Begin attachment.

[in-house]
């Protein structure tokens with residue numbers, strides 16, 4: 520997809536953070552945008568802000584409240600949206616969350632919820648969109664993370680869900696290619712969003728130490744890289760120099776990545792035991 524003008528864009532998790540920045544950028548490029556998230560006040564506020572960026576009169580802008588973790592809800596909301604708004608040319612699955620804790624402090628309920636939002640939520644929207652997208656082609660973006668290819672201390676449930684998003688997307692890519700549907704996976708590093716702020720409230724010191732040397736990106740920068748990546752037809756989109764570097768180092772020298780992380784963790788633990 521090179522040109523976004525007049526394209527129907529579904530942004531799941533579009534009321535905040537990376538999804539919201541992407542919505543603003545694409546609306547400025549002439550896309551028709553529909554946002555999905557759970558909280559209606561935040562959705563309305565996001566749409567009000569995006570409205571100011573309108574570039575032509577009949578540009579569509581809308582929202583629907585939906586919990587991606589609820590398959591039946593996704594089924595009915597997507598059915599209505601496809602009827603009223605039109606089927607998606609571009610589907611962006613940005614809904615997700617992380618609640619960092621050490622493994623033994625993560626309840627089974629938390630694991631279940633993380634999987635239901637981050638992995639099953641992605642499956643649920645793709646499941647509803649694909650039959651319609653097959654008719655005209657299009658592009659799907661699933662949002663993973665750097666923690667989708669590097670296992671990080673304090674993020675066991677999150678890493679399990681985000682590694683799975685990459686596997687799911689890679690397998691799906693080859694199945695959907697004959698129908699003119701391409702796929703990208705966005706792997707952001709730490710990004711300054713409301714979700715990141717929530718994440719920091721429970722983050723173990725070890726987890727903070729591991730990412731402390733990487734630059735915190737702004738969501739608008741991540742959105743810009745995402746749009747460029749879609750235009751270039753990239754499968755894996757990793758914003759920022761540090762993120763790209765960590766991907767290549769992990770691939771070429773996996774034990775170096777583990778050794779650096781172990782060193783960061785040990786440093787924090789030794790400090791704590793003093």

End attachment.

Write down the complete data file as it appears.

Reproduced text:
[in-house]
């Protein structure tokens with residue numbers, strides 16, 4: 520997809536953070552945008568802000584409240600949206616969350632919820648969109664993370680869900696290619712969003728130490744890289760120099776990545792035991 524003008528864009532998790540920045544950028548490029556998230560006040564506020572960026576009169580802008588973790592809800596909301604708004608040319612699955620804790624402090628309920636939002640939520644929207652997208656082609660973006668290819672201390676449930684998003688997307692890519700549907704996976708590093716702020720409230724010191732040397736990106740920068748990546752037809756989109764570097768180092772020298780992380784963790788633990 521090179522040109523976004525007049526394209527129907529579904530942004531799941533579009534009321535905040537990376538999804539919201541992407542919505543603003545694409546609306547400025549002439550896309551028709553529909554946002555999905557759970558909280559209606561935040562959705563309305565996001566749409567009000569995006570409205571100011573309108574570039575032509577009949578540009579569509581809308582929202583629907585939906586919990587991606589609820590398959591039946593996704594089924595009915597997507598059915599209505601496809602009827603009223605039109606089927607998606609571009610589907611962006613940005614809904615997700617992380618609640619960092621050490622493994623033994625993560626309840627089974629938390630694991631279940633993380634999987635239901637981050638992995639099953641992605642499956643649920645793709646499941647509803649694909650039959651319609653097959654008719655005209657299009658592009659799907661699933662949002663993973665750097666923690667989708669590097670296992671990080673304090674993020675066991677999150678890493679399990681985000682590694683799975685990459686596997687799911689890679690397998691799906693080859694199945695959907697004959698129908699003119701391409702796929703990208705966005706792997707952001709730490710990004711300054713409301714979700715990141717929530718994440719920091721429970722983050723173990725070890726987890727903070729591991730990412731402390733990487734630059735915190737702004738969501739608008741991540742959105743810009745995402746749009747460029749879609750235009751270039753990239754499968755894996757990793758914003759920022761540090762993120763790209765960590766991907767290549769992990770691939771070429773996996774034990775170096777583990778050794779650096781172990782060193783960061785040990786440093787924090789030794790400090791704590793003093």